Jose Javier Rodriguez: Everglades Superstar

Often and justifiably, we focus on the bad guys in this environmental and economic disaster. But it’s also important for Floridians to know who the good guys are. This week we’re highlighting another Everglades champion: State Senator Jose Javier Rodriguez, (affectionately known as JJR).

Whether at home in Miami-Dade or at the State Capitol, donning his trademark rainboots, Senator Rodriguez keeps Florida’s environment and the challenges we face with climate change front and center. JJR realizes sea level rise isn't just an issue of critical importance to Miamians, but for all Floridians. He also recognizes that a hydrated and healthy Everglades is key to fighting saltwater intrusion as a result of sea level rise. 

An Eagle Scout (well, of course he was!) and time in the Peace Corps filled his early years, JJR has spent his political career eschewing special interests. As a State House Rep, he introduced legislation to limit deep injection wells. In the State Senate, he's introduced legislation to force polluters to clean up their own mess; legislation to ban permitting of oil and gas wells in the Everglades; and legislation that would force developers to assess sea level rise in construction planning. 

In 2017, when Jeff Clemens, Democratic Senate Minority Leader, blocked every effort to pass SB10 - the legislation for the critical reservoir in the EAA, one Democrat, in particular, stood solid on the Senate floor.

Working all angles to try to fix what his sugared-up colleagues had broken, JJR had to endure his party’s “leadership” squelching his – and our – efforts.

Jose Javier Rodriguez (D) has demonstrated steeled nerve in his commitment to the Everglades, even when his stance is unpopular with his legislative colleagues. 

Jeff Clemens (D) showed everyone his true colors, actually going to work for Big Sugar after his stint in the Legislature and adding insult to injury.

So, there you have it: Two men, both Democrats, both representing South Florida, both espousing concerns for our environment. Two completely different outcomes.

America’s Everglades and future generations are indebted to Senator Rodriguez. We're grateful for his moxie and his vigorous protection of these places we need and cherish, the places that make our state unique. All Floridians, regardless of party, should be as well.  

At the heart of the Trust’s mission, we work to hold politicians and bureaucrats accountable. We do this work regardless of their partisan persuasion. And we will never ever sugar-coat it.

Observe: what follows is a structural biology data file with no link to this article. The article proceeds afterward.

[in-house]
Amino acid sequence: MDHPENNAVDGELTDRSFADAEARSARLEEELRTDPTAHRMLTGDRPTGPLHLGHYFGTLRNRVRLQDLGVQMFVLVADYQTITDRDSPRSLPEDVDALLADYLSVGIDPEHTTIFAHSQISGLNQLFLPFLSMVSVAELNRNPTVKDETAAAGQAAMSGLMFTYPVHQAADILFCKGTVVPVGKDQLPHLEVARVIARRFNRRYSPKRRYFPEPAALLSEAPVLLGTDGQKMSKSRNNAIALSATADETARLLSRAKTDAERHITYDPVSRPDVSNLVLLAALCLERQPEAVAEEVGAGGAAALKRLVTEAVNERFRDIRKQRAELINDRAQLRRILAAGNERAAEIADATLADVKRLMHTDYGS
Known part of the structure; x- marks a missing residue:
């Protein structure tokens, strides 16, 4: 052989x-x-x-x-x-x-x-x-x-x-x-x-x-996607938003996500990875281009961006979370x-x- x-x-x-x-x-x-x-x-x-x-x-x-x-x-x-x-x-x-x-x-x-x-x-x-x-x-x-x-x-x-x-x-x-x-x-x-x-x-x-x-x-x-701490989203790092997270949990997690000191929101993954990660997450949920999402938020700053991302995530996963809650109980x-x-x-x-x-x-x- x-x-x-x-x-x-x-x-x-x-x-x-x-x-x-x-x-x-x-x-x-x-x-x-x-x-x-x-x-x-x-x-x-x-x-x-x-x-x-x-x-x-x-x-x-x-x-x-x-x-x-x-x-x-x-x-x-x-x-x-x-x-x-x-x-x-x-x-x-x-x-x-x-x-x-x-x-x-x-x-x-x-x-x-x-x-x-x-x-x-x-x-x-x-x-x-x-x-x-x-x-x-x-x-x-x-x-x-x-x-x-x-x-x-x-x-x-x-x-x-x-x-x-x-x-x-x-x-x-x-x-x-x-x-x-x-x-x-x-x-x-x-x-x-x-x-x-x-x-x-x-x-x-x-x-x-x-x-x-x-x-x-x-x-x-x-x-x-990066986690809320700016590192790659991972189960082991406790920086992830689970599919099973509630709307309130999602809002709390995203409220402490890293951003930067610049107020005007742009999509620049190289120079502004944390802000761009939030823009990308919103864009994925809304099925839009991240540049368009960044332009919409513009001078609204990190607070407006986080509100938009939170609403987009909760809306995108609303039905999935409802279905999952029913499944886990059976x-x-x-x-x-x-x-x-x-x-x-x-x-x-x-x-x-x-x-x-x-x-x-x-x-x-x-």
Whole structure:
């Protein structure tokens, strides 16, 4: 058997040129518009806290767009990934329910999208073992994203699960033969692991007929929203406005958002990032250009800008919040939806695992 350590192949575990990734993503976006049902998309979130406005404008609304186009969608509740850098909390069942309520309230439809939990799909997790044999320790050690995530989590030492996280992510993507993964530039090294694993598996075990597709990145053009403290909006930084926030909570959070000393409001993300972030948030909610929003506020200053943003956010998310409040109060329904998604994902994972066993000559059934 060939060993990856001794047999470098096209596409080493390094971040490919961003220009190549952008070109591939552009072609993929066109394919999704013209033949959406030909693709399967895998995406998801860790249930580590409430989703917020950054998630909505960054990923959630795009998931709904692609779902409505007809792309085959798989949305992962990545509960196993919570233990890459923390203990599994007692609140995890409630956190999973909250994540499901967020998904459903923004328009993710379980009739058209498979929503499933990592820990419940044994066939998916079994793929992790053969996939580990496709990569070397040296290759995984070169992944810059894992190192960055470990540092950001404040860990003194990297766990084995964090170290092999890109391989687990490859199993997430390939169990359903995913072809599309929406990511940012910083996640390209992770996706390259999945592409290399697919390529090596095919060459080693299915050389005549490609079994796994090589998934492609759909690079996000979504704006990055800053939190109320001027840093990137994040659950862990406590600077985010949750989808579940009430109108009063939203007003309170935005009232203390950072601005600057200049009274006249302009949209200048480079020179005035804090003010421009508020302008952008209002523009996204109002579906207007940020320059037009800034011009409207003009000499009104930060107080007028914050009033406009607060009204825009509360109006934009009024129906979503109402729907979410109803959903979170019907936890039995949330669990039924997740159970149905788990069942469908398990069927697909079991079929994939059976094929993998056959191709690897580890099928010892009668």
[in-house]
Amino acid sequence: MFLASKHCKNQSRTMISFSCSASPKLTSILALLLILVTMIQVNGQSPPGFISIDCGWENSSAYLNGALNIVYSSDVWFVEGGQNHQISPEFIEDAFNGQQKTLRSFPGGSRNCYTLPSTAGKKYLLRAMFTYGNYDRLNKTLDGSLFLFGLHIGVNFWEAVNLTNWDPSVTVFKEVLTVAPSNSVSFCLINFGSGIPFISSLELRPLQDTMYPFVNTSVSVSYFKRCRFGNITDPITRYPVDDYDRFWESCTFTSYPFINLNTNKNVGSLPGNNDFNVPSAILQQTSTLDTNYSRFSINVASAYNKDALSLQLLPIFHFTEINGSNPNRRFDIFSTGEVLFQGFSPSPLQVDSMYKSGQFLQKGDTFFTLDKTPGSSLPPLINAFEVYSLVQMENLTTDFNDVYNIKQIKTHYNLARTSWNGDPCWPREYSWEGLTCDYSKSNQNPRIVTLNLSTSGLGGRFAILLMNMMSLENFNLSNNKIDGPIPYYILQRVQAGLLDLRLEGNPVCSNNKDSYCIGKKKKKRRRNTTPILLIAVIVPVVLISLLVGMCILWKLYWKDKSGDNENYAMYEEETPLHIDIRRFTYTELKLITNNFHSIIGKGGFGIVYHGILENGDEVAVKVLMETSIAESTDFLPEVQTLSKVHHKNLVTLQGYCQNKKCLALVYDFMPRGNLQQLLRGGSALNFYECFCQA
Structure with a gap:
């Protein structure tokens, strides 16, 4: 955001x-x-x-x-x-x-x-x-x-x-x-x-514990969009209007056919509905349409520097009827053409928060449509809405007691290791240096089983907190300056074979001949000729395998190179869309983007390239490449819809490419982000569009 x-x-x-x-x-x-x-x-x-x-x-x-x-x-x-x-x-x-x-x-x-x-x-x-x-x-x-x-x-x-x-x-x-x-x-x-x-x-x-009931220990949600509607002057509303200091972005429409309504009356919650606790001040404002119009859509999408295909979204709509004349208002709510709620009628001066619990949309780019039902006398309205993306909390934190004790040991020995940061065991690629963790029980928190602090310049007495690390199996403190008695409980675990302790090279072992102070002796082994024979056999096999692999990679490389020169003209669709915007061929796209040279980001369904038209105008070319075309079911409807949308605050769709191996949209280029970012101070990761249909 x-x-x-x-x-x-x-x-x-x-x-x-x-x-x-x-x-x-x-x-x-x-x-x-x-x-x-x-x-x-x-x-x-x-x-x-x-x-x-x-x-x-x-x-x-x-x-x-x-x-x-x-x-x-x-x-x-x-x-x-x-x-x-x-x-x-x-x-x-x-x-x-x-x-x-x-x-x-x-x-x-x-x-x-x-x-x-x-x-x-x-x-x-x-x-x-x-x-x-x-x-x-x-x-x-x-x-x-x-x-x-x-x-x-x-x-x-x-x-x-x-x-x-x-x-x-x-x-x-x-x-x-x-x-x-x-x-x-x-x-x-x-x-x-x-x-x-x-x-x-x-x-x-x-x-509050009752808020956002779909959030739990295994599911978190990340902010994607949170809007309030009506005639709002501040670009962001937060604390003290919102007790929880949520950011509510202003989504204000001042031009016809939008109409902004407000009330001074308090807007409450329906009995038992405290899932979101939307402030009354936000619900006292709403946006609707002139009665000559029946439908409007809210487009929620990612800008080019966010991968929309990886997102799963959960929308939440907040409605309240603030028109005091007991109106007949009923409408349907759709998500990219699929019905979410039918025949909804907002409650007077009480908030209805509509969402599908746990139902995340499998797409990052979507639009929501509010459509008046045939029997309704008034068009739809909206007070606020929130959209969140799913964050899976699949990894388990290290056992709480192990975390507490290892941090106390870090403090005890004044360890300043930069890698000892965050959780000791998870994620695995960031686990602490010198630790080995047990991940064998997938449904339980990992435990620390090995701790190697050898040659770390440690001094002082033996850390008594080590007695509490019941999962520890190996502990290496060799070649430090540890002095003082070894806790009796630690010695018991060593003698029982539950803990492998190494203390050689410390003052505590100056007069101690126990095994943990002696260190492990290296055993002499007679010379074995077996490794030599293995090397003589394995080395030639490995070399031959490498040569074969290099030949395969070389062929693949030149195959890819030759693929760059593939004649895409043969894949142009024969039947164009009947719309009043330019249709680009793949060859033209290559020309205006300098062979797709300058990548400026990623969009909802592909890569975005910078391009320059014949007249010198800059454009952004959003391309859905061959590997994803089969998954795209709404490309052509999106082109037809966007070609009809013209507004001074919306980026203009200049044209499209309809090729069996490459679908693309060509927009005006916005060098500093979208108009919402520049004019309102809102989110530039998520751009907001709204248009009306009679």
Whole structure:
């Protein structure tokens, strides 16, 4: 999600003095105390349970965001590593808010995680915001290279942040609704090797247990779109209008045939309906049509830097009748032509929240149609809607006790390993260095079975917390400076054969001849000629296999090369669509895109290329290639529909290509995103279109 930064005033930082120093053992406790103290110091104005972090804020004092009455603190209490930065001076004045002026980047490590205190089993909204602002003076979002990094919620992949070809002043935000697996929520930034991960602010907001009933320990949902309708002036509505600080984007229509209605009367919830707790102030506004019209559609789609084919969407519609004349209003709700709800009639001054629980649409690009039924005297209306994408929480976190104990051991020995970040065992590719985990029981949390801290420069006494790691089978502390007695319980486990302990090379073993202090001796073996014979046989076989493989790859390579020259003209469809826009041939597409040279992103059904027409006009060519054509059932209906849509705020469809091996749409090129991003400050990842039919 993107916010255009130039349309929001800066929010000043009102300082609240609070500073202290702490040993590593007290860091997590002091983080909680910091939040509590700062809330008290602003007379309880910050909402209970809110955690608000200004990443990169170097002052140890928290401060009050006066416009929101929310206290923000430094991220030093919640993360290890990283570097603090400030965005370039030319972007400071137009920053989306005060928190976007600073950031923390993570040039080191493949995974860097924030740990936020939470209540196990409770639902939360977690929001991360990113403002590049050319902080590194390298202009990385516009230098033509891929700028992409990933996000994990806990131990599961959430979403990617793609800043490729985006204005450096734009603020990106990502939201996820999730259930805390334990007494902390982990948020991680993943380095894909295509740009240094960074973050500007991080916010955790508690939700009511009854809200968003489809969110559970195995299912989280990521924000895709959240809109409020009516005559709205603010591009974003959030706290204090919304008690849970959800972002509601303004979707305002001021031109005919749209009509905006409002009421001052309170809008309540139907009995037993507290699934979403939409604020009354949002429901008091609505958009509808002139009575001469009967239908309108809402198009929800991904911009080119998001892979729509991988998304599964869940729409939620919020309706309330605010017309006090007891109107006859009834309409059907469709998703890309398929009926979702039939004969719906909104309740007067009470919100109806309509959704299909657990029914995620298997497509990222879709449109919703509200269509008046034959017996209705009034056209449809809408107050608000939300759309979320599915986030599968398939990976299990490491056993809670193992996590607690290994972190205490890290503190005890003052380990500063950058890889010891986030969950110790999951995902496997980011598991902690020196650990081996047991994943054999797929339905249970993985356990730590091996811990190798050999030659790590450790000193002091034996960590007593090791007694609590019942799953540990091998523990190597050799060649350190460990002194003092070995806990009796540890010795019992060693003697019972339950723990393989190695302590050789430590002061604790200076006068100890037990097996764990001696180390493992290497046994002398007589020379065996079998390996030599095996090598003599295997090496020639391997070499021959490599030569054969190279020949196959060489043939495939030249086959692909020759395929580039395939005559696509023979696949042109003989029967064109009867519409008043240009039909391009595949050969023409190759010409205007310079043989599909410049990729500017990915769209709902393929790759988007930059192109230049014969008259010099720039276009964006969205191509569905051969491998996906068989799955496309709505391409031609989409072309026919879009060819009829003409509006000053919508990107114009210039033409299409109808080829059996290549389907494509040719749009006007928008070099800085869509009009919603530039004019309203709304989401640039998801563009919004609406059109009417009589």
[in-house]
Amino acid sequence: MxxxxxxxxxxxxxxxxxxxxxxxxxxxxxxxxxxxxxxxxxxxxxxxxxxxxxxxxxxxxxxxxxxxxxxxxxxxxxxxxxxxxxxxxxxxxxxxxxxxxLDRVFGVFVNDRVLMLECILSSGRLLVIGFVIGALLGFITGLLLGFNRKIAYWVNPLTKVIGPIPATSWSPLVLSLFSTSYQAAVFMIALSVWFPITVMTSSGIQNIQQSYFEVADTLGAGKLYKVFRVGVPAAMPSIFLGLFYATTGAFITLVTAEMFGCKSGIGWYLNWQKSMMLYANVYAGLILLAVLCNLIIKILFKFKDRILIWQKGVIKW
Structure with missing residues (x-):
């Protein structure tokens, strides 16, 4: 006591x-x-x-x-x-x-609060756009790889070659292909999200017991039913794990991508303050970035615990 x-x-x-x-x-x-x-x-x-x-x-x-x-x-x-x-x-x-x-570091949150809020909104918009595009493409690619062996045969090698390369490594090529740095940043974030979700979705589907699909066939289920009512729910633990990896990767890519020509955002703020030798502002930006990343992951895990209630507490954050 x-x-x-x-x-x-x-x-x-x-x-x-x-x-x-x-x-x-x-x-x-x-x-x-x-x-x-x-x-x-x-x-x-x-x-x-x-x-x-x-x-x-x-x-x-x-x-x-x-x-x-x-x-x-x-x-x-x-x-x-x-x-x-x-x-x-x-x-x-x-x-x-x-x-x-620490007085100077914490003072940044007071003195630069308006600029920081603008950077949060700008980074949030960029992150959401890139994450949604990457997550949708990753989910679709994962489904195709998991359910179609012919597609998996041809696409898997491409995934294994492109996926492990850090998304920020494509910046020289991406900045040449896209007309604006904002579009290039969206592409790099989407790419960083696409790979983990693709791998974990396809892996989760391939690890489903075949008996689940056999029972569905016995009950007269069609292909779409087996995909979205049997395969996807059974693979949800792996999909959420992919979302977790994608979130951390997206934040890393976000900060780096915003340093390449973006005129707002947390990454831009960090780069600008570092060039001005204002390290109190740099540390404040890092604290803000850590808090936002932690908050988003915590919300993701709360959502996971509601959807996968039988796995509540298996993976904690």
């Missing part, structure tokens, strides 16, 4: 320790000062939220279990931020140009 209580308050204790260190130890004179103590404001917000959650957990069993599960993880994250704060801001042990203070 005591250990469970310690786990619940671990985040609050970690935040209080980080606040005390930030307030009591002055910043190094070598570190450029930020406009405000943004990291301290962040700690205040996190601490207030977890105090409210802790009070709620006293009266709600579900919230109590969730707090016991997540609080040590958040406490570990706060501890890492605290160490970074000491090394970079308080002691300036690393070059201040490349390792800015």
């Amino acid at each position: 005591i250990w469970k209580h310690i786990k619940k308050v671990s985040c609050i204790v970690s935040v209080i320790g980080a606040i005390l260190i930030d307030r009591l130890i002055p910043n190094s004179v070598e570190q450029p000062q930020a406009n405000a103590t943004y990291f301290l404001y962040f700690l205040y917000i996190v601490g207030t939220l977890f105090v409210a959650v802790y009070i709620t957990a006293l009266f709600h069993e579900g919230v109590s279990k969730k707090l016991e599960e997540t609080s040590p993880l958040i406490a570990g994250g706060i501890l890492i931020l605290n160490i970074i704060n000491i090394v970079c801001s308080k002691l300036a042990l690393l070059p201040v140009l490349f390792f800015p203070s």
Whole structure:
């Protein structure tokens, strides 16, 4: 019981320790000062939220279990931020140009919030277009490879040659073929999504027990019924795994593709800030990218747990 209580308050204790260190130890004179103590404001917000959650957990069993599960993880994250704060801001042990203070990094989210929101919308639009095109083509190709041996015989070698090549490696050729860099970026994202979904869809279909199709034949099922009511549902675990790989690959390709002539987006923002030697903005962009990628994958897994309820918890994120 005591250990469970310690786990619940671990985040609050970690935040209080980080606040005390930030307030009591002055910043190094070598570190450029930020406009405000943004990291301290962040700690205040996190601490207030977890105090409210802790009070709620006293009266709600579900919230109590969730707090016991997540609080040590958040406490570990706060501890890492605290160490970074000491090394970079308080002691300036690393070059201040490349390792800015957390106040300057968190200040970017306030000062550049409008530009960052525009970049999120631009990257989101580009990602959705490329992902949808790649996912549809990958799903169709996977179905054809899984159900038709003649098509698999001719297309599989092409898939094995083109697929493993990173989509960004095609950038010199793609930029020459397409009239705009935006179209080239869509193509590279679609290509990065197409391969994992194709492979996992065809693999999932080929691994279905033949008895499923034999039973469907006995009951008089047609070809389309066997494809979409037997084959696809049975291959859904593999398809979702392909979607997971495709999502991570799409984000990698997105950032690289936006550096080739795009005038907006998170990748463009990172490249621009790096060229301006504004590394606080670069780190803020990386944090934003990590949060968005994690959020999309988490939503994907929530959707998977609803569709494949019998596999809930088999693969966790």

Stick with us!

Kimberly Mitchell
Executive Director 

A simmering brew, almost exclusively of agricultural runoff, is pushing against the doorstep of millions of Floridians, as it is blocked by Big Sugar from moving south safely. All we can do is push to get these projects built faster.

We do not know how the Fanjuls of Florida Crystals and the heirs to the CSMott fortune of US Sugar sleep at night.

TC PALM: Blue-green algae bloom on Lake Okeechobee at Port Mayaca over 3 times too toxic to touch

Kerry Kates, with the Florida Fruit and Vegetable Growers Association, said farmers are willing to participate in the clean-up process. "Agriculture is a part of the problem. Agriculture will also be a part of the solution."

Now, this is refreshing.

NEWS-PRESS: New Blue-Green Algae Task Force looks to farm lands for ways to improve water quality

Environmental officials found cyanobacteria, a blue-green algae bloom, on Lake Okeechobee that is three times the toxic level. A recent test of the waters shows 29 microcystis per liter of water. This is a stark increase from eight microcystis, which is the beginning of toxicity, according to the EPA.

CBS12.COM: Lake Okeechobee blue-green algae bloom three times too toxic

A call for caution ahead of the big weekend ahead. Carolyn Fleming got the infection during a walk on the beach and died two weeks later. Early detection saved the life of 12-year-old, Kylei Parker.

NBC NEWS: Son of Florida woman speaking out for the first time after flesh-eating bacteria killed his mother

Municipalities should be required to treat this human waste (biosolids is the polite word) instead of moving their problem elsewhere – like into the waiting arms of agriculture looking for cheap fertilizer right next to our waterways.

TC PALM: Ban biosolids use along upper St. Johns River, Indian River County administrator tells DEP

A lightning strike in the already-parched Everglades has erupted into a massive wildfire. Public safety agencies are warning about potential breathing problems for South Florida residents from the fire's smoke. Parents and pet owners are urged to keep children and animals indoors if air quality deteriorates.

MIAMI HERALD: Everglades wildfire spreads to 32,000 acres

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